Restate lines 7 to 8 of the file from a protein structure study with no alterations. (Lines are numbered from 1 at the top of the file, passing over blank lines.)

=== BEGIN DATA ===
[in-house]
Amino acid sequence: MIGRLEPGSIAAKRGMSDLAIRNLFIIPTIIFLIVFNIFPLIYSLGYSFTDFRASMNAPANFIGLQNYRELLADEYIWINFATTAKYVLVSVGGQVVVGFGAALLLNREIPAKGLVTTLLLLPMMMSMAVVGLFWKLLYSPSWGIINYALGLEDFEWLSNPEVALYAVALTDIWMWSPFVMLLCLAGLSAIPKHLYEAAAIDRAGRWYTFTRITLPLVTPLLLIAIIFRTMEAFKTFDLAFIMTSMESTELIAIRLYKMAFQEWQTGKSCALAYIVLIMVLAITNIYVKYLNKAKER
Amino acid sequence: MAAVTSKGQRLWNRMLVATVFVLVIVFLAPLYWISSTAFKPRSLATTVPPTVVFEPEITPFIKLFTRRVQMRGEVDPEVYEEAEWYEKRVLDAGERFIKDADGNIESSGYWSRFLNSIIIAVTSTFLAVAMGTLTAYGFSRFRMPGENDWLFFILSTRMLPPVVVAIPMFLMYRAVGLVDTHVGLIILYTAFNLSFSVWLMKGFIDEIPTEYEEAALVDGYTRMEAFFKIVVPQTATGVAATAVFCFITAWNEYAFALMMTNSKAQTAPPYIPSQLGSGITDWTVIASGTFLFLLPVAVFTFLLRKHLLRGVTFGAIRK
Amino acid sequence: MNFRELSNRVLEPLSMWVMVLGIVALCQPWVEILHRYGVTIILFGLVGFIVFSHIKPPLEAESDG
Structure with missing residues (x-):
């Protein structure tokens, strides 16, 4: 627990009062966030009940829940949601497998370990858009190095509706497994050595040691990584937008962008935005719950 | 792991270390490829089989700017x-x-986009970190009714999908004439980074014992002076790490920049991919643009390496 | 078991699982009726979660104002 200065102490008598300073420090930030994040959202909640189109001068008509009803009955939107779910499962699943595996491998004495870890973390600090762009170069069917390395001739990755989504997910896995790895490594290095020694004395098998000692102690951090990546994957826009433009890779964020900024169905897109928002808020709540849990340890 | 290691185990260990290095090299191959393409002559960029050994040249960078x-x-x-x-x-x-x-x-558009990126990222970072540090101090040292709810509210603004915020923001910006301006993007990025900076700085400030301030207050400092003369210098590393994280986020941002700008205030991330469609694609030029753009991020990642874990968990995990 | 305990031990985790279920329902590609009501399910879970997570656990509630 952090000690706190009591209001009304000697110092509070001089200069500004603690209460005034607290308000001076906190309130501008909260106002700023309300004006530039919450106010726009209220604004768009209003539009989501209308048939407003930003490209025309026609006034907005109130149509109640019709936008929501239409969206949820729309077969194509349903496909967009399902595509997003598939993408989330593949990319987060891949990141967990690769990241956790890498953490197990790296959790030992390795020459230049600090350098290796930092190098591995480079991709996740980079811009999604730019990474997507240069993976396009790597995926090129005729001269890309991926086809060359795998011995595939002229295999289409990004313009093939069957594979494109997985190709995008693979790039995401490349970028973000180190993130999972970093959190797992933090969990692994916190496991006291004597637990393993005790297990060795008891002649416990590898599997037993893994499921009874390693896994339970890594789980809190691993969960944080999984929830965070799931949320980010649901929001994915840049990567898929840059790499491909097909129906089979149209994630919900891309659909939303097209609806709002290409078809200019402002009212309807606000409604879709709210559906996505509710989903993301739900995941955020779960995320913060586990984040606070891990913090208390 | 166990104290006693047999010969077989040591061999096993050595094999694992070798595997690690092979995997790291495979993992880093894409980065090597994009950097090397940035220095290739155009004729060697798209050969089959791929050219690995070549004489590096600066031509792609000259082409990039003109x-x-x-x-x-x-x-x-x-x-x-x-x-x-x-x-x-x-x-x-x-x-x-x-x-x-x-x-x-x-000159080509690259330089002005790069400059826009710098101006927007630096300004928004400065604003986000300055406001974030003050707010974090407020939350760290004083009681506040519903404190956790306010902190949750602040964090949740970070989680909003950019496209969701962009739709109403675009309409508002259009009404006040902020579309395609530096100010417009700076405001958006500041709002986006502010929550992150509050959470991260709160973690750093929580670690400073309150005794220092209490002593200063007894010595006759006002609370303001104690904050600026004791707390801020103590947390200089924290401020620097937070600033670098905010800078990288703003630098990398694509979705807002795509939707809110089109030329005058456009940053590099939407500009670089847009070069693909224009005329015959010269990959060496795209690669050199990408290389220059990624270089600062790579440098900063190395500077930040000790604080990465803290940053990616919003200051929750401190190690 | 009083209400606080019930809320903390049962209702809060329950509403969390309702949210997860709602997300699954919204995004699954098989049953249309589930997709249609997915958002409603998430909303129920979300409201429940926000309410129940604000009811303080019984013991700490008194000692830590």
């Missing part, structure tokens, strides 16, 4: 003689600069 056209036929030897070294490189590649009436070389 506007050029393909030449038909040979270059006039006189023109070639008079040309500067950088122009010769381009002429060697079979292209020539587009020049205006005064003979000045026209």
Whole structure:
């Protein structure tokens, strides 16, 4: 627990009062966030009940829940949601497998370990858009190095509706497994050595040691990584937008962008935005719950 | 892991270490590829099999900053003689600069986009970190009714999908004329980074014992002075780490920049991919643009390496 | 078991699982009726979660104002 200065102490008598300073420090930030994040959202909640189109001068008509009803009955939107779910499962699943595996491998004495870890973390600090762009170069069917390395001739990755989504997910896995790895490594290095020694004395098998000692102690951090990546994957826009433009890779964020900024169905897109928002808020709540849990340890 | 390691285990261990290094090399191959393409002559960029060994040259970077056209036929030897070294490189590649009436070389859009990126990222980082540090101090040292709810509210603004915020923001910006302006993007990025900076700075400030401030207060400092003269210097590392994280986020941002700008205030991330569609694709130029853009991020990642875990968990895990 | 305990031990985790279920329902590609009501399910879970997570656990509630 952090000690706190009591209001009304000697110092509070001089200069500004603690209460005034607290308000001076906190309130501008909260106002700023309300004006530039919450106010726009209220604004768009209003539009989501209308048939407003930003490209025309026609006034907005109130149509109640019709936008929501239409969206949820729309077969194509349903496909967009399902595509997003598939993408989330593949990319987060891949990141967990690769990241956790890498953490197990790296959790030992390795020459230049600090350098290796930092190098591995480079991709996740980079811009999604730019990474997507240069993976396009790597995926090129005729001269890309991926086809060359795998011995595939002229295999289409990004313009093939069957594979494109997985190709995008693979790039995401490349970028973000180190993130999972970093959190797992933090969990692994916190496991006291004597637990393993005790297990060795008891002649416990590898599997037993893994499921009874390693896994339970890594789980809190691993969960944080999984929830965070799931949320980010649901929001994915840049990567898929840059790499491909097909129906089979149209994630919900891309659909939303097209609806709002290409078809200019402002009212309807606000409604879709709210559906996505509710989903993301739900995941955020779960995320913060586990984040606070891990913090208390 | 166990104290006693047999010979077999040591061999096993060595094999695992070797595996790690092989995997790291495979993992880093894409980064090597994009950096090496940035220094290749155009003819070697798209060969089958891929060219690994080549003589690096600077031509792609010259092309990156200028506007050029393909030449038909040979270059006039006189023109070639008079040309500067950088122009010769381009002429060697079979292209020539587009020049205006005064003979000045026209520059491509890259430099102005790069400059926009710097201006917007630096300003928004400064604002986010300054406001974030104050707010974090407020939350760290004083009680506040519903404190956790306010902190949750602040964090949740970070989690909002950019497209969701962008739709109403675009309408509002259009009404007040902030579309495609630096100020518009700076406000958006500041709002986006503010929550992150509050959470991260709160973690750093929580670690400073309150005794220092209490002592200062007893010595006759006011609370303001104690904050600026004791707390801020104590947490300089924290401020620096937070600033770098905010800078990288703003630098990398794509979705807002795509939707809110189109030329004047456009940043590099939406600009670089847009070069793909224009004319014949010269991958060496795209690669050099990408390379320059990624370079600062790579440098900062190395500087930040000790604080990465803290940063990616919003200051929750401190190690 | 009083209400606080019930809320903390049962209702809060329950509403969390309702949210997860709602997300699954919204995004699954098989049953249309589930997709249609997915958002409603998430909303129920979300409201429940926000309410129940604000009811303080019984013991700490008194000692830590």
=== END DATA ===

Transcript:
């Missing part, structure tokens, strides 16, 4: 003689600069 056209036929030897070294490189590649009436070389 506007050029393909030449038909040979270059006039006189023109070639008079040309500067950088122009010769381009002429060697079979292209020539587009020049205006005064003979000045026209």
Whole structure: